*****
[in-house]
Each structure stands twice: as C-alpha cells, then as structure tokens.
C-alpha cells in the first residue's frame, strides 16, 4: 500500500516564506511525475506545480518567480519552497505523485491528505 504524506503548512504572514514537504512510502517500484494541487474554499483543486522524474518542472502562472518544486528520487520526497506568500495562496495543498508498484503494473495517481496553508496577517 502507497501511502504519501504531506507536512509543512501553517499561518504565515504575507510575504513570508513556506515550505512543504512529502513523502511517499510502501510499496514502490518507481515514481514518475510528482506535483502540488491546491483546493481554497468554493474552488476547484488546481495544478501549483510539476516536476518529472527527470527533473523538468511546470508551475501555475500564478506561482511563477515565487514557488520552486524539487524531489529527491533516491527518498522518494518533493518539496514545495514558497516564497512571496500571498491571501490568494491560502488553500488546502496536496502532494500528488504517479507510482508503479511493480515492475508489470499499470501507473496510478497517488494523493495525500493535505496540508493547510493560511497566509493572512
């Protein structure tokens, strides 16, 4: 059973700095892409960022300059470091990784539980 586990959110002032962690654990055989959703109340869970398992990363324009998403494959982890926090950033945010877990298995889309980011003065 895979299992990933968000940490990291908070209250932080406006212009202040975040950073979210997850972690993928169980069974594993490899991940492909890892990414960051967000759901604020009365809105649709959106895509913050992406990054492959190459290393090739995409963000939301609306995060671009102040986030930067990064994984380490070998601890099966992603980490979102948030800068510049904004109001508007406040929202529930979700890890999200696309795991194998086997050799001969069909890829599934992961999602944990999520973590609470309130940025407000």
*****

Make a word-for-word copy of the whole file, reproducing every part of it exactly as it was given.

[in-house]
Each structure stands twice: as C-alpha cells, then as structure tokens.
C-alpha cells in the first residue's frame, strides 16, 4: 500500500516564506511525475506545480518567480519552497505523485491528505 504524506503548512504572514514537504512510502517500484494541487474554499483543486522524474518542472502562472518544486528520487520526497506568500495562496495543498508498484503494473495517481496553508496577517 502507497501511502504519501504531506507536512509543512501553517499561518504565515504575507510575504513570508513556506515550505512543504512529502513523502511517499510502501510499496514502490518507481515514481514518475510528482506535483502540488491546491483546493481554497468554493474552488476547484488546481495544478501549483510539476516536476518529472527527470527533473523538468511546470508551475501555475500564478506561482511563477515565487514557488520552486524539487524531489529527491533516491527518498522518494518533493518539496514545495514558497516564497512571496500571498491571501490568494491560502488553500488546502496536496502532494500528488504517479507510482508503479511493480515492475508489470499499470501507473496510478497517488494523493495525500493535505496540508493547510493560511497566509493572512
């Protein structure tokens, strides 16, 4: 059973700095892409960022300059470091990784539980 586990959110002032962690654990055989959703109340869970398992990363324009998403494959982890926090950033945010877990298995889309980011003065 895979299992990933968000940490990291908070209250932080406006212009202040975040950073979210997850972690993928169980069974594993490899991940492909890892990414960051967000759901604020009365809105649709959106895509913050992406990054492959190459290393090739995409963000939301609306995060671009102040986030930067990064994984380490070998601890099966992603980490979102948030800068510049904004109001508007406040929202529930979700890890999200696309795991194998086997050799001969069909890829599934992961999602944990999520973590609470309130940025407000």